5 steps to protect your credit score during a pandemic
While many people delay major purchases, like buying a house, car, or going on vacation, you’ll need good credit when you eventually want to start spending again, said Charlie Wise, vice president of research and spending. consulting at TransUnion.
“It’s important that your credit is in good shape,” Wise said. “You don’t want unexpected surprises. Consumers will want to spend again and you’ll want to keep your credit healthy.”
Here is a step by step guide to staying on top of your credit score now.
1. Check your credit report early and often
If you are working with lenders on payment arrangements, it is important that you know all of your creditors and have a clear “before” picture of your credit image.
“Check to make sure things are being reported accurately when working with your lenders,” said Rod Griffin, senior director of consumer education and advocacy at Experian.
An added benefit of starting with the credit report?
“All of the contact numbers for all of your lenders are on the report,” said Amy Thomann, consumer credit education manager at TransUnion.
2. Know your protections
If you enter into an assistance agreement with a creditor – for reduced or deferred payments, for example – and you are up to date on your account, you will be declared up to date even if you do not make regular payments, as long as you adhere to your agreement.
“It will be flagged as current until the end of this forbearance,” Griffin said. “If there is a 30 day delay when you enter into the deal, there will be a 30 day delay.”
This applies to agreements put in place after January 31 and up to 120 days after the March 27 enactment of the CARES Act on June 25, or 120 days after the end of the national emergency, whichever is later. .
3. Know what impacts your score (and what doesn’t)
Being unemployed does not affect your credit score. But missing payments or making late payments will.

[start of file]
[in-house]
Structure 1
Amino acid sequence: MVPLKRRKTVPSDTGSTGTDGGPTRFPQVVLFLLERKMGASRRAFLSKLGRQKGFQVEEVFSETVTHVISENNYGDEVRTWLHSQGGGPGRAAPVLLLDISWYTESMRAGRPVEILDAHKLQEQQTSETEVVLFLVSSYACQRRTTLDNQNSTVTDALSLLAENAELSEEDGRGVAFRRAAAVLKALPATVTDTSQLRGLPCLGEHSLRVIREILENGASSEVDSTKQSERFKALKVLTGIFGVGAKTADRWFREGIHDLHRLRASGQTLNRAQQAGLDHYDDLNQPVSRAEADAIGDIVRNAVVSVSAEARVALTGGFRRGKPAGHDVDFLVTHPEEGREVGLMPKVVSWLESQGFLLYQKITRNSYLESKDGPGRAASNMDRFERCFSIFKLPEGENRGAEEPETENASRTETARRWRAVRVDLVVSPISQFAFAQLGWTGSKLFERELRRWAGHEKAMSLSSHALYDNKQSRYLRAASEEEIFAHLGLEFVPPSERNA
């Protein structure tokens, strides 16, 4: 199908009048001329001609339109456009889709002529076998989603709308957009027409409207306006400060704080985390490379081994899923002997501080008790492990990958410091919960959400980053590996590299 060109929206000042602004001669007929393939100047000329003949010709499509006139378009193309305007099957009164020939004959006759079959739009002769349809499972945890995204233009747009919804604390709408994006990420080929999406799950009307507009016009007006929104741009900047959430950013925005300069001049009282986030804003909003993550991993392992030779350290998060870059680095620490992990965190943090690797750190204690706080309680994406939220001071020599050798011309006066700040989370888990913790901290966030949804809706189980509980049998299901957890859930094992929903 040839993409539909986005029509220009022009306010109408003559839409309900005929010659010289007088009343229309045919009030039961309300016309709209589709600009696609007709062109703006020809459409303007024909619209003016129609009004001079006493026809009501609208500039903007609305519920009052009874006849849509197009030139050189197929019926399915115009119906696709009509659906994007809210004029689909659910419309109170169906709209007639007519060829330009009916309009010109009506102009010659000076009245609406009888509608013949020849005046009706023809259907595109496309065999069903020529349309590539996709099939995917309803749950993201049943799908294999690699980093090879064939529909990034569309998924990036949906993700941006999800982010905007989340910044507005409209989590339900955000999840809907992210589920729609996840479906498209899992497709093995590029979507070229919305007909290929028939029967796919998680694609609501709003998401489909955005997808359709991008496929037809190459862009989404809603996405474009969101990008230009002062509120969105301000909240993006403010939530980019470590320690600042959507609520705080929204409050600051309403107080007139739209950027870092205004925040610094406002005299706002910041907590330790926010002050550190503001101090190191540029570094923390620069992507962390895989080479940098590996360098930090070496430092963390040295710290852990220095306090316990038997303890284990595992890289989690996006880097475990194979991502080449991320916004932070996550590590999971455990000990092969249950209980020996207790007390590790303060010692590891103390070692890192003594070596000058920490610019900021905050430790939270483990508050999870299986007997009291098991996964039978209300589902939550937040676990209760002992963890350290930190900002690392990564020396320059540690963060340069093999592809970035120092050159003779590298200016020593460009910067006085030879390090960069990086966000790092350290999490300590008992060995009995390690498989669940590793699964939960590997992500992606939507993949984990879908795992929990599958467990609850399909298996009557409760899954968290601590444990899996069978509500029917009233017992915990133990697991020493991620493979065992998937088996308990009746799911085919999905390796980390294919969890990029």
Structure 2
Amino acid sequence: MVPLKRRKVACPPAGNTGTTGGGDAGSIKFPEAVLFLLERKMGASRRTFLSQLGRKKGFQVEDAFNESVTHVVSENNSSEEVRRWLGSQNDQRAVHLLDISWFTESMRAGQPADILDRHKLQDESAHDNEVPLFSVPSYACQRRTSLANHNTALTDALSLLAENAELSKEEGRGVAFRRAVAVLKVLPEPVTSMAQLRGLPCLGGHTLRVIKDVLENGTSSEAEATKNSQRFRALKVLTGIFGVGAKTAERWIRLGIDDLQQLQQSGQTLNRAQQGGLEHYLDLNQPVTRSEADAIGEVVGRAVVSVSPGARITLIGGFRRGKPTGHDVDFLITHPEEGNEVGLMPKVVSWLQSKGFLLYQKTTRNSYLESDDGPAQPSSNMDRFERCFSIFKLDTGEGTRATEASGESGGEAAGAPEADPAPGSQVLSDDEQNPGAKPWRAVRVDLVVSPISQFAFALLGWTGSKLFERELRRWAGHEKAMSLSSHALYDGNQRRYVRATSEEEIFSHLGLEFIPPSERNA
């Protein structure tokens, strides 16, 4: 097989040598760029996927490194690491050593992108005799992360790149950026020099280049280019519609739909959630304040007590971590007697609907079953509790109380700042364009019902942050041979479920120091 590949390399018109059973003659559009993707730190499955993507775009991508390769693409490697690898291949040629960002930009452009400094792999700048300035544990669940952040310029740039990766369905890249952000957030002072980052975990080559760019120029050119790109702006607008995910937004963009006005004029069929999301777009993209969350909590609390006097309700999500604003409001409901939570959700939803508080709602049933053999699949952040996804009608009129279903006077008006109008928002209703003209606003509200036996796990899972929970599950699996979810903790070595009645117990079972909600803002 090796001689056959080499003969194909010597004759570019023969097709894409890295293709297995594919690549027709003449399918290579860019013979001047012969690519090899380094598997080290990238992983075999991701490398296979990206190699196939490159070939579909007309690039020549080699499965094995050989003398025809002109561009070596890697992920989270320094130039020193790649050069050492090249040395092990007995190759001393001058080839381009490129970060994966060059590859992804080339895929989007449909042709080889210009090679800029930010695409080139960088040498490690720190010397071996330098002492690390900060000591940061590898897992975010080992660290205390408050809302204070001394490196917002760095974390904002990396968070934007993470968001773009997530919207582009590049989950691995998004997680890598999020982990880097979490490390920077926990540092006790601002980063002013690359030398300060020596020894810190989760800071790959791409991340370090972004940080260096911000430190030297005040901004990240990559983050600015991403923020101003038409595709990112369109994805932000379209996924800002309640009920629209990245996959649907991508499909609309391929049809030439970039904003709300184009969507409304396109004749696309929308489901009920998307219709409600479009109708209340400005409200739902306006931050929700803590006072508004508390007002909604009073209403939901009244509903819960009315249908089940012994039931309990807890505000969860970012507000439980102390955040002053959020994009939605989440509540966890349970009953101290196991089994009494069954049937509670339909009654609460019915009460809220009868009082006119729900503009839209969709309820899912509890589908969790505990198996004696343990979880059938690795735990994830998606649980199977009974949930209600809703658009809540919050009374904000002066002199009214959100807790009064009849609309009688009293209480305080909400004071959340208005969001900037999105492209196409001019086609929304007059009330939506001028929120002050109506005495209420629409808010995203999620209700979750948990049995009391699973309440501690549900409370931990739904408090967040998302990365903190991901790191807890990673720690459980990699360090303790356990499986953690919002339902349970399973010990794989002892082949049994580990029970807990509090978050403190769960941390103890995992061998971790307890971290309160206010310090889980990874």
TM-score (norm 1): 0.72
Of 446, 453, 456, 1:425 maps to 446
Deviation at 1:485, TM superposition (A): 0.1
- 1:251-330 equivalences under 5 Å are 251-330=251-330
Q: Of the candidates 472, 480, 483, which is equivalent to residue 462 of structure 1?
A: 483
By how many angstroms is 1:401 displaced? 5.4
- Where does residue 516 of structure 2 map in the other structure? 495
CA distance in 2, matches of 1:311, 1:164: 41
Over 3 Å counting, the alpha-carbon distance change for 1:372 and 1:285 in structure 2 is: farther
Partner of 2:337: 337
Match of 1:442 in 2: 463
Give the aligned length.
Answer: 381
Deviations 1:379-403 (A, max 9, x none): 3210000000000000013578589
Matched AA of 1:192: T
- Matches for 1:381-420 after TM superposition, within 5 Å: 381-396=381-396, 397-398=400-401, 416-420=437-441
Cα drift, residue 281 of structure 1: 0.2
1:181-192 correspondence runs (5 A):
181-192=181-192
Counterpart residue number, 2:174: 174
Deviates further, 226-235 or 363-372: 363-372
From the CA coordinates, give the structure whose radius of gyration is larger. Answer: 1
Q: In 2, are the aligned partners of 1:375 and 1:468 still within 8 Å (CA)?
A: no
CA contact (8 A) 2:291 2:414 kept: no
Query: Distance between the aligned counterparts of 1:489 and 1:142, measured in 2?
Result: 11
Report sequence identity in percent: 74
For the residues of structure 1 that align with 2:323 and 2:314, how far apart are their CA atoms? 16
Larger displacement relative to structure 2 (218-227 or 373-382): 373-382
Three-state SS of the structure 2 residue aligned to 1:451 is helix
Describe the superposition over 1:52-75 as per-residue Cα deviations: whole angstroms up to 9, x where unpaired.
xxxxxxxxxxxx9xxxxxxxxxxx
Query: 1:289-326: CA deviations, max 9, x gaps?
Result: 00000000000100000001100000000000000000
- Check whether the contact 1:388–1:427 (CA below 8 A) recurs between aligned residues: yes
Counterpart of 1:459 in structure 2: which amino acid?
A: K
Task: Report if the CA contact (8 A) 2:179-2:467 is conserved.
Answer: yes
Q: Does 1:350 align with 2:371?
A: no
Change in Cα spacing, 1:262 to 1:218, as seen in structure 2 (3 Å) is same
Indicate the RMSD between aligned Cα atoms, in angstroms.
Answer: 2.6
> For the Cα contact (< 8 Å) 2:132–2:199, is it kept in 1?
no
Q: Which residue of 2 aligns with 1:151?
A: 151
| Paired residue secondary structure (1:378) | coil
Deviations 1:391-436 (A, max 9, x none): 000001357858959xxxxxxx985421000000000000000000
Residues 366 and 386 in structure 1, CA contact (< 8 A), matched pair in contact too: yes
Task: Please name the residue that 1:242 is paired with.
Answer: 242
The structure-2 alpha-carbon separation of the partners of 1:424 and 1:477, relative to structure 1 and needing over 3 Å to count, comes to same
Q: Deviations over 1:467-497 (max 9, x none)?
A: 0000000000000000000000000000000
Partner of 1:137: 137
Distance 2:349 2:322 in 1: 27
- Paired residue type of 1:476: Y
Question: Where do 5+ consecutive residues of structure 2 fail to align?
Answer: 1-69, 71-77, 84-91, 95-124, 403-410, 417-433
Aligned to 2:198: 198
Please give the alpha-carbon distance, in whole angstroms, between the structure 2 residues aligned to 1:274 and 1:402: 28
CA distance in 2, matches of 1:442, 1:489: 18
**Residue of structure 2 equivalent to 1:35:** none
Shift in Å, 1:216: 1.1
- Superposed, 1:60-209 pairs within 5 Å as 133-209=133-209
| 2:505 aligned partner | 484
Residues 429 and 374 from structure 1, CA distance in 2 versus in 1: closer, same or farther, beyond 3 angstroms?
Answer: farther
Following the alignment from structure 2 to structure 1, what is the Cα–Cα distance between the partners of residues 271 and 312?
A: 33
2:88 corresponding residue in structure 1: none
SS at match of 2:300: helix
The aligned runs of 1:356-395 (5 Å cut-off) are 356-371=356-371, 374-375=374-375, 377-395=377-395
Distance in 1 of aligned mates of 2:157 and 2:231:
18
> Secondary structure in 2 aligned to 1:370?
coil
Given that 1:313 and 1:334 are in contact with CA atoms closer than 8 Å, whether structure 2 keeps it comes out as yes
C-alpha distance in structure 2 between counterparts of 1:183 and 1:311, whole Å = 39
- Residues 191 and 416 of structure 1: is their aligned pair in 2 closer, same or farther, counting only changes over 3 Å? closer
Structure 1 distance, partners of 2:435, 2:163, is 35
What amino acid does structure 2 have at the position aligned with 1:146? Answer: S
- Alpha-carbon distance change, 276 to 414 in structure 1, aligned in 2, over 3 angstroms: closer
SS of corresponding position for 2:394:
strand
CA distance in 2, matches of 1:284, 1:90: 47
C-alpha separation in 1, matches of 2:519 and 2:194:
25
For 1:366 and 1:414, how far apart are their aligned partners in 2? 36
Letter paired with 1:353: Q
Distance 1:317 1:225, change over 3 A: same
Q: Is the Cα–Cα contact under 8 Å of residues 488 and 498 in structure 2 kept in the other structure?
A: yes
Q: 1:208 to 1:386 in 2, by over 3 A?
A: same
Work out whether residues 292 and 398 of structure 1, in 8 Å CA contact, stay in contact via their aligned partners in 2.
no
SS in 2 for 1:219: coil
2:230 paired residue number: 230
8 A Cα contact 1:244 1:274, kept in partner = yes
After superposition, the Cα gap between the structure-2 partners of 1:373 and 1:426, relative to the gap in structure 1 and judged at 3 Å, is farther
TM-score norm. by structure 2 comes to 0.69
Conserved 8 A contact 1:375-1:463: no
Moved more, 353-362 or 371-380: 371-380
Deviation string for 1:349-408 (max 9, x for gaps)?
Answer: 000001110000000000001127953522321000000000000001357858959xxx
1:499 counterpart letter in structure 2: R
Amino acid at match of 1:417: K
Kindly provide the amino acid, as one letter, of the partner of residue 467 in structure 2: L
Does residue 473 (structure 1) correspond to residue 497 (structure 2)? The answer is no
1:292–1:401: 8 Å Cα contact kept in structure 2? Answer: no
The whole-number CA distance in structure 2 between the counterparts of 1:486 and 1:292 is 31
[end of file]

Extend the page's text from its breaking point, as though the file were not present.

“That’s why we recommend consumers to proactively contact their lender,” said Thomann. “Ask them if they have a hardship program. Find out how it will be reported to credit reporting agencies. “
Late payments are usually not immediately reported to credit bureaus. It usually takes at least a full billing cycle, Griffin said.
“You shouldn’t panic from a credit reporting standpoint,” he said, “but you should make a plan.”
By regularly checking a report, you won’t see changes every week, he said. “But if you work with multiple lenders and discuss options, you may see changes more frequently at a time like this.”
Don’t worry too much if you are applying for a new credit card. Seeking additional credit shouldn’t have as much of a negative impact on your credit as missing payments.
“In-depth inquiries have an impact on your credit score,” said Thomann. “But that’s not as big a concern as making your payments on time and keeping credit usage low. “
4. Don’t use your credit card too much a lot
Your credit can be a vital safety net right now, but keep an eye on how much credit you’re using. Running your cards can lower your score.
Generally, using more than 30% of your available credit will lower your score. If your limit is $ 10,000, for example, you should use less than $ 3,000 for all of your credit cards, not just one.
“When you increase balances, your debt utilization rate will increase and your scores will decrease,” Griffin said.
For a lot of people, that might not be the biggest concern right now. If you rely on credit for your basic needs, late payments will have a bigger impact than using your cards.
“Getting food, keeping a roof over your head and making sure everyone stays healthy are the most important considerations right now,” he said. “So, this might not be the time to worry if your score drops a bit.”
But be aware that when you can pay off those really high balances, your credit usage will go down and your score will go up again.
5. Take advantage of ways to increase your score
Some credit rating agencies have programs to help you increase your score by giving you credit for other bills that don’t usually appear on a credit report, such as your utilities or your cell phone.
“Use every tool and every resource you can to strengthen your credit history throughout this time,” Griffin said. “[Consumers should] add this information as it can improve their credit scores and position them better to emerge from this crisis. “